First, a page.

Complaint under section 8(1B)(b)(i) of the Broadcasting Act 1989
Illegal New Zealand – episode looked at the illegal trading of guns in New Zealand – included footage of the presenter practising target shooting – presenter shown holding a shotgun in firing position – camera briefly tracked in front of the presenter as he held a shotgun in a firing position – allegedly in breach of the law and order standard
Standard 2 (law and order) – programme did not encourage viewers to break the law or otherwise promote, condone or glamorise criminal activity – not upheld
This headnote does not form part of the decision.
 An episode of Illegal New Zealand was broadcast on TV2 at 8pm on Thursday 9 July 2009. The episode looked at the illegal trade of guns in New Zealand and how easy it was for people who did not have a firearms licence to obtain a gun.
 Part of the programme involved the reporter learning more about guns, including testing two at a firing range. The presenter introduced a man who he said was a firearms expert and who was going to teach him about guns and how to use them properly.
 The firearms expert had two guns and explained what they were and what each type was commonly used for. The expert also showed the presenter how to load ammunition and how to use the weapons correctly. The presenter then fired both of the firearms, one of which was a double-barrelled shotgun.
 After the presenter had fired the shotgun, he was shown re-loading it and pointing it as if getting ready to shoot again. As he did this, the camera tracked around the presenter and, for a brief moment before the camera pulled away, viewers were looking almost directly down the barrel of the gun.
 Roanne Heppel-Pukehika made a formal complaint to Television New Zealand Ltd, the broadcaster, alleging that the camera shot looking down the barrel of the loaded shotgun had breached the law and order standard.
 The complainant said she felt that the footage looking down the barrel of the gun was a “direct threat to the viewer” and that it showed poor judgment on the part of the firearms expert to allow the footage to have been taken in that way.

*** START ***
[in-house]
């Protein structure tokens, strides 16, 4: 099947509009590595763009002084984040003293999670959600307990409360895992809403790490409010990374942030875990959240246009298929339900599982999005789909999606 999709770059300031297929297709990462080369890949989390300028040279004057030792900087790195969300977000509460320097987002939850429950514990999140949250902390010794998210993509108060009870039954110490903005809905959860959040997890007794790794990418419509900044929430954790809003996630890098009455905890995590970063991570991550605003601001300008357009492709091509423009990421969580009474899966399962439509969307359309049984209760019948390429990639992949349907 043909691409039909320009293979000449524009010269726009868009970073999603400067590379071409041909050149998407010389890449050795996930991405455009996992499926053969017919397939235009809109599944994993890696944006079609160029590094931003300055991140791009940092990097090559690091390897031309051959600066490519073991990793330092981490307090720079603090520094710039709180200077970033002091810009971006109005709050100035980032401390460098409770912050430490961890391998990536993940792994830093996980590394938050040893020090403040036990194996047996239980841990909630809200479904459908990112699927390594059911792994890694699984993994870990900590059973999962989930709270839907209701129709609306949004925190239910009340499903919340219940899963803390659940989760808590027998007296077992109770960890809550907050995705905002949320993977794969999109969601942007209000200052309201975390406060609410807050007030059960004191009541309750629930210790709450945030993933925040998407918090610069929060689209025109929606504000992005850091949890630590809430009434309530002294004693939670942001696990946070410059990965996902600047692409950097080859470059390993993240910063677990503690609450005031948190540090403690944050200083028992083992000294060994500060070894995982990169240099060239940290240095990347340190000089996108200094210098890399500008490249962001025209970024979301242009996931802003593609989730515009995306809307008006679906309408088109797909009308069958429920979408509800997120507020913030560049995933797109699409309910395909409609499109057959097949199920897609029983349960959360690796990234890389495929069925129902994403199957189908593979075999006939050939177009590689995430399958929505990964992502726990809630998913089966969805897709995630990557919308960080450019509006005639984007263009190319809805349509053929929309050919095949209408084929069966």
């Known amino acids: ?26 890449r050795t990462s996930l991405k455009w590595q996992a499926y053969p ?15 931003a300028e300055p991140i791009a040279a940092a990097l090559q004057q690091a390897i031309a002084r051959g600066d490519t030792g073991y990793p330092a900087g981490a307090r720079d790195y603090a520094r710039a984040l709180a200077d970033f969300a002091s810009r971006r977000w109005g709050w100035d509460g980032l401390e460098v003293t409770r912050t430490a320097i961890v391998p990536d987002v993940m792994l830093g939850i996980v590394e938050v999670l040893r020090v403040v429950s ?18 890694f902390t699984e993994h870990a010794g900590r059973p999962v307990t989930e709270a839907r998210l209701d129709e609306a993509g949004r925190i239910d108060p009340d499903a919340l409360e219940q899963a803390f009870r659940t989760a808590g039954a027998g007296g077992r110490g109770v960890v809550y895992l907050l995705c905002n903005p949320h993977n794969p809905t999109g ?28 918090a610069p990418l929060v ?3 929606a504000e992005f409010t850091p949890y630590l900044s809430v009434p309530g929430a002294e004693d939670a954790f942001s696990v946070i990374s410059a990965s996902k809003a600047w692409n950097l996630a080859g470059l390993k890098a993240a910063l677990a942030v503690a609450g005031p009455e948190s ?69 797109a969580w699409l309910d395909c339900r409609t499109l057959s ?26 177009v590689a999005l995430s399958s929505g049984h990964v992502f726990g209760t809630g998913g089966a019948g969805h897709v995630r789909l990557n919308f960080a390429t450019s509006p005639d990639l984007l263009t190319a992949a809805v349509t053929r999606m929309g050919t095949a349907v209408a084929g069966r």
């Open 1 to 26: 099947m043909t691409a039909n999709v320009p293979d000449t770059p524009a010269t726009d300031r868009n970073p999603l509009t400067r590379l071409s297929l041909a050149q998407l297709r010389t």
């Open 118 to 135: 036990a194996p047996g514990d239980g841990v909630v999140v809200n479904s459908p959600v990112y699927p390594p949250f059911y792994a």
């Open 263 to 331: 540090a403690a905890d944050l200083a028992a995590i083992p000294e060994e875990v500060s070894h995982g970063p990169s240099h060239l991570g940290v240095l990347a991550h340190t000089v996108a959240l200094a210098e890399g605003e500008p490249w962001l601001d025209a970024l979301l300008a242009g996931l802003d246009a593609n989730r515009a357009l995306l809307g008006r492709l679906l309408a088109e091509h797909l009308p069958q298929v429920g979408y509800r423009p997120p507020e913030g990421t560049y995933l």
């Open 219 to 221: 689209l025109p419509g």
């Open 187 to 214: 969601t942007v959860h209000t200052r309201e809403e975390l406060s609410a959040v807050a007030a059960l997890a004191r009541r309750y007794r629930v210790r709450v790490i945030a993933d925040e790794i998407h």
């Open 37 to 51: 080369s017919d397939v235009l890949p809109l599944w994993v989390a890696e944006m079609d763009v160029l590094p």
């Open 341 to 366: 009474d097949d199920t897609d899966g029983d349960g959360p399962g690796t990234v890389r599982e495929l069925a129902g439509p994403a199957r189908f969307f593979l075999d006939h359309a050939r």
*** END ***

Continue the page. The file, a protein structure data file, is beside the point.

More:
Ms Heppel-Pukehika argued that the footage was a breach of the most basic rule in the Firearms Code – to always point firearms in a safe direction whether loaded or unloaded – and that the footage was akin to pointing a gun at a person.
 Referring to guideline 2b of the law and order standard, the complainant contended that, because the footage showed the presenter breaking the rules of the “Firearms Code”, it had glamorised criminal activity and condoned criminal actions.
 Standard 2 and guideline 2b of the Free-to-Air Television Code of Broadcasting Practice are relevant to the determination of this complaint. They provide:
Standard 2 Law and Order
Broadcasters should observe standards consistent with the maintenance of law and order.
Factual programmes should not glamorise criminal activity or condone the actions of criminals.
 Referring to the Authority’s practice note on Standard 2, TVNZ said that to breach the standard a broadcast would have to implicitly condemn a particular law and actively promote disrespect for it.
 The broadcaster argued that the footage complained of did not glamorise crime or condone breaches of the Arms Act 1983. It considered that it was clear the presenter had not “presented a weapon” at any person, and contended that pointing a gun at a camera was not the same as pointing a gun at a person.
 TVNZ declined to uphold the complaint that the programme breached Standard 2.
 Dissatisfied with TVNZ’s response, Ms Heppel-Pukehika referred her complaint to the Authority under section 8(1B)(b)(i) of the Broadcasting Act 1989.
 The members of the Authority have viewed a recording of the broadcast complained about and have read the correspondence listed in the Appendix. The Authority determines the complaint without a formal hearing.
 The Authority has previously stated (see, for example, Gregory and TVNZ1) that the intent behind the law and order standard is to prevent broadcasts that encourage viewers to break the law, or otherwise promote, glamorise or condone criminal activity.
 The Authority notes that, as the camera tracked around the presenter, it pulled away just before viewers could see directly down the barrel of the gun.
 While the footage was not helpful with respect to portraying the safe use of firearms, the Authority finds that the programme did not encourage viewers to break the law or otherwise promote, condone or glamorise criminal activity. Accordingly, it declines to uphold the complaint that the programme breached Standard 2 (law and order)
For the above reasons the Authority declines to uphold the complaint.
Signed for and on behalf of the Authority
25 November 2009
The following correspondence was received and considered by the Authority when it determined this complaint:
1. Roanne Heppel-Pukehika’s formal complaint – 3 August 2009
2. TVNZ’s response to the formal complaint – 27 August 2009
3. Ms Heppel-Pukehika’s referral to the Authority – 12 September 2009
4. TVNZ’s response to the Authority – 9 October 2009
1Decision No. 2005-133